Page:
Interestingly, the ministry operates from within a complex known as ‘Radio House’ in Garki, Abuja, which belonged to one of its parastatals- the Federal Radio Corporation of Nigeria (FRCN). If renovation was actually necessary why was it not the landlord- FRCN that got the provision for it? Of course, it was just a façade to divert funds because office renovation is virtually irrelevant to the sector’s job of public enlightenment in a nation with high public cynicism.
In another country where sincerity of purpose matches action, envelope budgeting would not present our kind of problem. It does for us because self-serving operatives always overturn sound principles and modalities.
In addition, our people are fond of mixing rules and methods with goals. This is why for long budgeting in Nigeria has become an annual ritual making it virtually impossible for our public bodies to be viable.
The ritual takes the following pattern: an organisation prepares a budget proposal; several months later, the legislature in its own wisdom with or without reference to what informed the proposal moderates the budget and approves it; then another authority makes a decision on what fraction of the supposedly approved budget is to be released; yet another authority decides on whether or not due process has been followed in the award of the contracts for the proposed projects; all of this takes no less than three quarters of a year leaving the public bodies with exceedingly short period to implement the budget; and then while all hands are on deck to rush a few assignments at the tail end of the year, a circular emerges with a directive that all unspent funds be returned to the treasury. This arrangement cannot but invite sharp practices.
Then, there is the issue of unrealistic budgeting. Here, let us recall the testimony of Adeseye Ogunlewe, former Minister of Works who at the Senate Ad-hoc Committee which was ‘investigating’ works in the transportation sector in 2008, revealed that an amount which can fix only one road is usually deliberately assigned to several roads.
Using the Sagamu-Benin Road as a test case, he maintained that the figure allocated to the road in the 2008 budget had “no correlation” with the requirement for fixing the road, adding that “spreading small sums to too many roads in a zone will not lead the nation anywhere.” No wonder that road is ever under repairs. The testimonies of unrealistic budgeting in other sectors have over the years been the same. The fear now is that even if Dr. Iweala evolves a therapy for all that we have said so far, will it extend to cover the recurring dismal implementation of our budgets?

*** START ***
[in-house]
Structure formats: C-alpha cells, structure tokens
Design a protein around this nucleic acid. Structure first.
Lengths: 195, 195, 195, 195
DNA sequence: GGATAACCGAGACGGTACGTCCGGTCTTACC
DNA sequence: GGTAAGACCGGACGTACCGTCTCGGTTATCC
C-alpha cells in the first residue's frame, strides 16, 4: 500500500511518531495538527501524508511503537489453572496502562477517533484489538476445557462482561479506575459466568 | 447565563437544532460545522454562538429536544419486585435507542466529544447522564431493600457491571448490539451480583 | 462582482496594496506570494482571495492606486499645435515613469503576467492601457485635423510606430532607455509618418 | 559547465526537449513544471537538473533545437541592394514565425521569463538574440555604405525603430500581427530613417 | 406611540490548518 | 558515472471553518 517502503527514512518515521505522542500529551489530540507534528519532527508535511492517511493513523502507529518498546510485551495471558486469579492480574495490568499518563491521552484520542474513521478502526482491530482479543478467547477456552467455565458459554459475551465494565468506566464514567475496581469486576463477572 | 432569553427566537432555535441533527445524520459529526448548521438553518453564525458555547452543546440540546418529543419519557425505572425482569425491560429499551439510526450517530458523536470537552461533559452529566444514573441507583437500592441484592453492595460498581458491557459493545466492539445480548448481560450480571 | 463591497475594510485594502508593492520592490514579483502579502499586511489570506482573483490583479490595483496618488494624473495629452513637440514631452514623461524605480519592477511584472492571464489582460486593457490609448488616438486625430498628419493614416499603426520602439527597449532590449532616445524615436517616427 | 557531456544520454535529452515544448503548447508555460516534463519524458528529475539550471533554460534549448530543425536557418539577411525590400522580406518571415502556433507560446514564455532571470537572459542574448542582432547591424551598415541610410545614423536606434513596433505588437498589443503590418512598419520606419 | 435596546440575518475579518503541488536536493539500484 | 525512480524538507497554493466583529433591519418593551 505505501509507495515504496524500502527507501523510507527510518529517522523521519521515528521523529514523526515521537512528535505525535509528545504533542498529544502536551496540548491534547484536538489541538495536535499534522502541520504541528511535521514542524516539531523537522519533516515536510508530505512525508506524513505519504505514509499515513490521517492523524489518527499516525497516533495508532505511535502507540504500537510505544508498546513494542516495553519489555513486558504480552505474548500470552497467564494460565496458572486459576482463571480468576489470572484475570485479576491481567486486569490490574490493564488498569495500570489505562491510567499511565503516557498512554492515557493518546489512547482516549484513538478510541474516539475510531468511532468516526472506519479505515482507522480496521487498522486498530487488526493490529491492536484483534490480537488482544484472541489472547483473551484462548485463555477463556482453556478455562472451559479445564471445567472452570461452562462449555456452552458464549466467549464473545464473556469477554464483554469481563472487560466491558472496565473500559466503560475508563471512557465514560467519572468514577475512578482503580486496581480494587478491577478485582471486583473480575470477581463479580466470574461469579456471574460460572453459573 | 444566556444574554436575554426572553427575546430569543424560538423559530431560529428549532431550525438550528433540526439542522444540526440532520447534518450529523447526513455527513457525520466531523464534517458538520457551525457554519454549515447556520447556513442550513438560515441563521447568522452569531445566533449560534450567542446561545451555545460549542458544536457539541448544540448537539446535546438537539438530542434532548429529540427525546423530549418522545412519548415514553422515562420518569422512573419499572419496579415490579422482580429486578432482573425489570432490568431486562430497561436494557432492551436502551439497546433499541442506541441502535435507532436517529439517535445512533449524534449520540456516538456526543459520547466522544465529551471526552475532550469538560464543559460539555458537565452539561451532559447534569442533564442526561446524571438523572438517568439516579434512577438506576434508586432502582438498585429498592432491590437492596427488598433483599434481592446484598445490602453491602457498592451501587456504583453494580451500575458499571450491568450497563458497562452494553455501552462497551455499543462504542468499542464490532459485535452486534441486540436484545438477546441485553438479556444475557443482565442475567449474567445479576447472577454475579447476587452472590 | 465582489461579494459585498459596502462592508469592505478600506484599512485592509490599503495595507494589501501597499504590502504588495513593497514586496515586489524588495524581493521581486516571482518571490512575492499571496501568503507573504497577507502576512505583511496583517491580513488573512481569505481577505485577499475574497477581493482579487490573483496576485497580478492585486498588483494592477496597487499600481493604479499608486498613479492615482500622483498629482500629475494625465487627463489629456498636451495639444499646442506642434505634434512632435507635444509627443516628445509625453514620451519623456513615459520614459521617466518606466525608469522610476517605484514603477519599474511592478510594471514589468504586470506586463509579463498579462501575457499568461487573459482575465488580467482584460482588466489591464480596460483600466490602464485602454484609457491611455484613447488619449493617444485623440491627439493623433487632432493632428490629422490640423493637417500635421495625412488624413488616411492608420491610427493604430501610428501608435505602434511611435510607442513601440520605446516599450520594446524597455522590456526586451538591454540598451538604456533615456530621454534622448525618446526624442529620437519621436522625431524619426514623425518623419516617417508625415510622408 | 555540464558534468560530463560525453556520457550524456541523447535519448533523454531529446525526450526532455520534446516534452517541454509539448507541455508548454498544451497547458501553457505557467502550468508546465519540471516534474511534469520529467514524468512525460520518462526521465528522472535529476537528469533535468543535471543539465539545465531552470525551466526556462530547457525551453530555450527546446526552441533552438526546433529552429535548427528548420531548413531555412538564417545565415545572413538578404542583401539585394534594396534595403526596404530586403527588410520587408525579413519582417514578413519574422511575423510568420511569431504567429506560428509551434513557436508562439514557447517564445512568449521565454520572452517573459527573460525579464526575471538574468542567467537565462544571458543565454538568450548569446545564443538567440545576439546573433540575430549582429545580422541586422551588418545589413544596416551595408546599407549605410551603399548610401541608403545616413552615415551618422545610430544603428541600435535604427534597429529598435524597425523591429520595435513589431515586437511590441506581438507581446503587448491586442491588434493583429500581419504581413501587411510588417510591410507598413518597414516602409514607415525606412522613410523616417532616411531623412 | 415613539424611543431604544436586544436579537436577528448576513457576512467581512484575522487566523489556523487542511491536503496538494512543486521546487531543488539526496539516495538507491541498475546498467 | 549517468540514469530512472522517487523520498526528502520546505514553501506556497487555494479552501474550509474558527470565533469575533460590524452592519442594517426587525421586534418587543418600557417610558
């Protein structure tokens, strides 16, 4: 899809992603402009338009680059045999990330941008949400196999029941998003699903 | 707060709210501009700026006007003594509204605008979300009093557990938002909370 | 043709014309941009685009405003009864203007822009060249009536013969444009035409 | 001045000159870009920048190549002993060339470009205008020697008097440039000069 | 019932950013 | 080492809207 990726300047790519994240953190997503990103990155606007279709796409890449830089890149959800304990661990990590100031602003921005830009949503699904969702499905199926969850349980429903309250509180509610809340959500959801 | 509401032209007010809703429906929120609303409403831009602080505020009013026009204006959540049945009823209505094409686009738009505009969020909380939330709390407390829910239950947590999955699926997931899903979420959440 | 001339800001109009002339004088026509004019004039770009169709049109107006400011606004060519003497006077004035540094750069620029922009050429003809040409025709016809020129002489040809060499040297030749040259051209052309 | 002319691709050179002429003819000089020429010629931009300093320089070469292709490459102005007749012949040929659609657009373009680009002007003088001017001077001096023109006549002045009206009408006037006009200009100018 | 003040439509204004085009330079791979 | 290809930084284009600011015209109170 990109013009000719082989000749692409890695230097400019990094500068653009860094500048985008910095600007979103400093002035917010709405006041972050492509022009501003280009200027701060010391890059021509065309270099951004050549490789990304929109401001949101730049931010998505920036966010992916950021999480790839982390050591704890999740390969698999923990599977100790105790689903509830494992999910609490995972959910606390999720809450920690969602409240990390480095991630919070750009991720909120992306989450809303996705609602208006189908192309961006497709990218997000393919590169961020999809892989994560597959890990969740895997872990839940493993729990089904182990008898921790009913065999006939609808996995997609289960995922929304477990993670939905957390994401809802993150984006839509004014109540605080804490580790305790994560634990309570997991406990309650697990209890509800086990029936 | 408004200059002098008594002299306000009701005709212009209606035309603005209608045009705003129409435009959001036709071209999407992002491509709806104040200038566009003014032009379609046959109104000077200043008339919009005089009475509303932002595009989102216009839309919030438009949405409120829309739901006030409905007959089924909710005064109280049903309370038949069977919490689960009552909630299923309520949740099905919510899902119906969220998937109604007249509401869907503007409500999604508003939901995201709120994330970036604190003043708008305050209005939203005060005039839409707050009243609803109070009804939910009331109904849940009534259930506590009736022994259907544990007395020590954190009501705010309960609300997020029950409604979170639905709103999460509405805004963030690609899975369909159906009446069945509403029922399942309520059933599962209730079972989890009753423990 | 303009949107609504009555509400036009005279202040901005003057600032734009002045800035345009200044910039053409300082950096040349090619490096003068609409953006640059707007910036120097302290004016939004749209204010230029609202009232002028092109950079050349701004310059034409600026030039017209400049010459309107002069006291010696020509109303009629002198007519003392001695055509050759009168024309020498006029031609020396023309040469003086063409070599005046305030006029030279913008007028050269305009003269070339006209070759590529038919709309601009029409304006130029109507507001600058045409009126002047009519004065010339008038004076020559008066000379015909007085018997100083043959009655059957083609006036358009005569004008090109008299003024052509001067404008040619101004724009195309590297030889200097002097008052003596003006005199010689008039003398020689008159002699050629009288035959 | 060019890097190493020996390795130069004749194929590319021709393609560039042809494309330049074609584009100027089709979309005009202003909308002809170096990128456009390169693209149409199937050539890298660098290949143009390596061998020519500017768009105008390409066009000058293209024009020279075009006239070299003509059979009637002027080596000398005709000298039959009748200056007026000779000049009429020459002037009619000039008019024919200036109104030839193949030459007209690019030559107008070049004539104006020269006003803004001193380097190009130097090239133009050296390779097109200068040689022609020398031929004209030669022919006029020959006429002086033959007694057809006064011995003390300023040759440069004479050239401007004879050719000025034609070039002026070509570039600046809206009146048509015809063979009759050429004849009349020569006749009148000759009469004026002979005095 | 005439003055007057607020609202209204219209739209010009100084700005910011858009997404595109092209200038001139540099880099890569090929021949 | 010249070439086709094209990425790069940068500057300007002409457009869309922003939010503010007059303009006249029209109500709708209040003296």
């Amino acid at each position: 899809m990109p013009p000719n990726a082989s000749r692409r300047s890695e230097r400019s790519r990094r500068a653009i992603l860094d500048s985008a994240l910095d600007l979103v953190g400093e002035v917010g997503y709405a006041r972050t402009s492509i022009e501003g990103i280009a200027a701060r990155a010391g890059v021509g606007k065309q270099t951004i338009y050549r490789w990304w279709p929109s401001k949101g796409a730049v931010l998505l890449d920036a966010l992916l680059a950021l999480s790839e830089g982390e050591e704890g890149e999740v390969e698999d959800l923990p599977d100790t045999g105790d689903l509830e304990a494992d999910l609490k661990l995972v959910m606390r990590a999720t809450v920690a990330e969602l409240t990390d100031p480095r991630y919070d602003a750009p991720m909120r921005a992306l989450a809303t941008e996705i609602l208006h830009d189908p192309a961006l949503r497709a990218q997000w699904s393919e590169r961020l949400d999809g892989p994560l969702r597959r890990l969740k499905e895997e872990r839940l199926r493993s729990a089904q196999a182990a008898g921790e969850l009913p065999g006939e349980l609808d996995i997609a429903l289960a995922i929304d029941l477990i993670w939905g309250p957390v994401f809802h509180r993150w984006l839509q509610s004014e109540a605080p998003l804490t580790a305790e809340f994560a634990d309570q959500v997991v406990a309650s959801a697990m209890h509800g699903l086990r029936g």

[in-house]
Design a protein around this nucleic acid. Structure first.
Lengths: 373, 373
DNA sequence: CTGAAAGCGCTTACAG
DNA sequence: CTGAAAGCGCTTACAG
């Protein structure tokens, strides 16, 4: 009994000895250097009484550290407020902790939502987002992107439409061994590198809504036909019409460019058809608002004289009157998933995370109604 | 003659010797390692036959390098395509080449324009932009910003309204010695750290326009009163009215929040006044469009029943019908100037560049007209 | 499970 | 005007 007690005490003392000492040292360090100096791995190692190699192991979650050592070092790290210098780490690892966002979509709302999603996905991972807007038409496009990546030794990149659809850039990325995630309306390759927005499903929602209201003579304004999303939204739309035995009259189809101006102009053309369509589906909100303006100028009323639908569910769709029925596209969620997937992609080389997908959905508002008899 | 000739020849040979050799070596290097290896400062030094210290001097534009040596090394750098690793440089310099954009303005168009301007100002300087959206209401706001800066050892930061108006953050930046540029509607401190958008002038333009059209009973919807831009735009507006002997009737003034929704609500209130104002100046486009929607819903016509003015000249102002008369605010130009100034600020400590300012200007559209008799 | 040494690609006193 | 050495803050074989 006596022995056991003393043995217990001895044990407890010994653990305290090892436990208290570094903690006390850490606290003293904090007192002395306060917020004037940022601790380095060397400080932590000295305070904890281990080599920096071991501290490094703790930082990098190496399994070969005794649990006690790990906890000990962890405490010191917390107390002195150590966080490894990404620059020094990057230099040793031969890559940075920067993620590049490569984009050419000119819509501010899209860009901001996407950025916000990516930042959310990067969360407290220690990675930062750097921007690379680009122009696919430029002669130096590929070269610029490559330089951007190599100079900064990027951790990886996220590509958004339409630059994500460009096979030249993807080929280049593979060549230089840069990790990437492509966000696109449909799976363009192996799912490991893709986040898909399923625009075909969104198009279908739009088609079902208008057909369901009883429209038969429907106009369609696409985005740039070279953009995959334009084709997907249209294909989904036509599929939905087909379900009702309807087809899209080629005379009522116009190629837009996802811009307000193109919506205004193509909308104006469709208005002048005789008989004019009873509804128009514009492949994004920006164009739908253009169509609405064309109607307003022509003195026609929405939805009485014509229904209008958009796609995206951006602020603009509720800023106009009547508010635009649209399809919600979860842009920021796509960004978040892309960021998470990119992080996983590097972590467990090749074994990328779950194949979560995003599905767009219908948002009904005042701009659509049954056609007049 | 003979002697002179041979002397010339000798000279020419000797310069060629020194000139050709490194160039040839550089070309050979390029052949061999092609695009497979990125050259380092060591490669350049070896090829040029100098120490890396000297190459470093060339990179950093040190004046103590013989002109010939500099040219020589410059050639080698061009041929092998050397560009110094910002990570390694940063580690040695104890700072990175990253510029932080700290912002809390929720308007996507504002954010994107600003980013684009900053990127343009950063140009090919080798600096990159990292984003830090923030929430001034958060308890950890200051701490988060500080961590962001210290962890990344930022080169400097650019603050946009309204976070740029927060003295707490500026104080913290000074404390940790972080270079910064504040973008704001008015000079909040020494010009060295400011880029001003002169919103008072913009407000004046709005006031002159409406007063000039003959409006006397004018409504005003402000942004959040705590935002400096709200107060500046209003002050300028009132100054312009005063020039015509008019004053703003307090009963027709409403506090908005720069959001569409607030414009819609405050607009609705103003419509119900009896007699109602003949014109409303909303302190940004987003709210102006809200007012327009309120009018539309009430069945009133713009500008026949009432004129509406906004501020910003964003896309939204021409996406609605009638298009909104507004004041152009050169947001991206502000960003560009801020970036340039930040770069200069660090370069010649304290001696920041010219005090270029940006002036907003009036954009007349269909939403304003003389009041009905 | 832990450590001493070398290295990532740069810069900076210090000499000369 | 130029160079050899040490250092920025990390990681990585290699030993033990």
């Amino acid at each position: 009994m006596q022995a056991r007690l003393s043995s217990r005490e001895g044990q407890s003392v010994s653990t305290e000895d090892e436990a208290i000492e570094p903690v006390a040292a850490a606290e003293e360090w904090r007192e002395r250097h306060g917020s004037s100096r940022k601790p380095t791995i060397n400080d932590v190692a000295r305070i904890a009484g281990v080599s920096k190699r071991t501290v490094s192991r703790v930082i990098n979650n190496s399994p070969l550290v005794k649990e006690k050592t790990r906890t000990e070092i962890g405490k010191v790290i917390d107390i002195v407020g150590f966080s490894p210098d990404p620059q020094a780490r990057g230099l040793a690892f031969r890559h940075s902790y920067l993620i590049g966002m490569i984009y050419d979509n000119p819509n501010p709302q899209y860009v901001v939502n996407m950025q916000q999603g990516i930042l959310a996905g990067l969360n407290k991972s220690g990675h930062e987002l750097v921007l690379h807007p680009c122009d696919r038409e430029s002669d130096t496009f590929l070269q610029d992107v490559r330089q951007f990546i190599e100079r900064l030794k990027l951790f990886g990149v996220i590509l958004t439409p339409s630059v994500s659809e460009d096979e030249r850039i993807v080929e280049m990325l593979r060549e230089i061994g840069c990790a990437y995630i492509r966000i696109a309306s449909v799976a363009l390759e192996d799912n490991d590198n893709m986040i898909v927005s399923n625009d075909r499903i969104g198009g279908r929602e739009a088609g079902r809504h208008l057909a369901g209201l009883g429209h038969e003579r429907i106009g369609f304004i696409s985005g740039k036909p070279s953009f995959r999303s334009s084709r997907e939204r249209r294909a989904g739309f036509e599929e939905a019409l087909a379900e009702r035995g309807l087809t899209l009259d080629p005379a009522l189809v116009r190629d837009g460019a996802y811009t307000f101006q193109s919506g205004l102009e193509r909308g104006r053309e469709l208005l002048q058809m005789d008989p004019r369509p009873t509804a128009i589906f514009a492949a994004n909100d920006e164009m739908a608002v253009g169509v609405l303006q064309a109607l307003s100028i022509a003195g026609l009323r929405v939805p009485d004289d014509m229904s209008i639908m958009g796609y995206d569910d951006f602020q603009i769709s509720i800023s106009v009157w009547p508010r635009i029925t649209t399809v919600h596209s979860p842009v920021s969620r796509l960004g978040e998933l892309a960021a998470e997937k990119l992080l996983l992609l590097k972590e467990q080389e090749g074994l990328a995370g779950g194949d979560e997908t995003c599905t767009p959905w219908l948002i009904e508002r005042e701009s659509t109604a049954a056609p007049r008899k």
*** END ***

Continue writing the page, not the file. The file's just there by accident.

In November 2009, the Senate speaking through Senator Ayogu Eze argued that most of the projects earmarked in the budget were not implemented “because civil servants in ministries, departments and agencies,MDAs, lack the capacity to implement the budgets and appropriations they ask for every year.” Unfortunately the Senate did not explain why on a yearly basis, it approves for MDAs budgets which they can allegedly not implement? The truth is that the system is full of antics which explains why the legislature is forever setting up probe panels to expose only past misdeeds. Why are even fractions of the revelations never ‘smelt’ at all during over- sight functions?
Anyway, this article should not go too far away from welcoming back Mrs. Okonjo-Iweala to her former beat. We hope that when she begins again with tightening the belt and using such transparent strategies like publishing each state’s monthly financial allocation in the newspapers, she will this time be allowed to complete her tenure.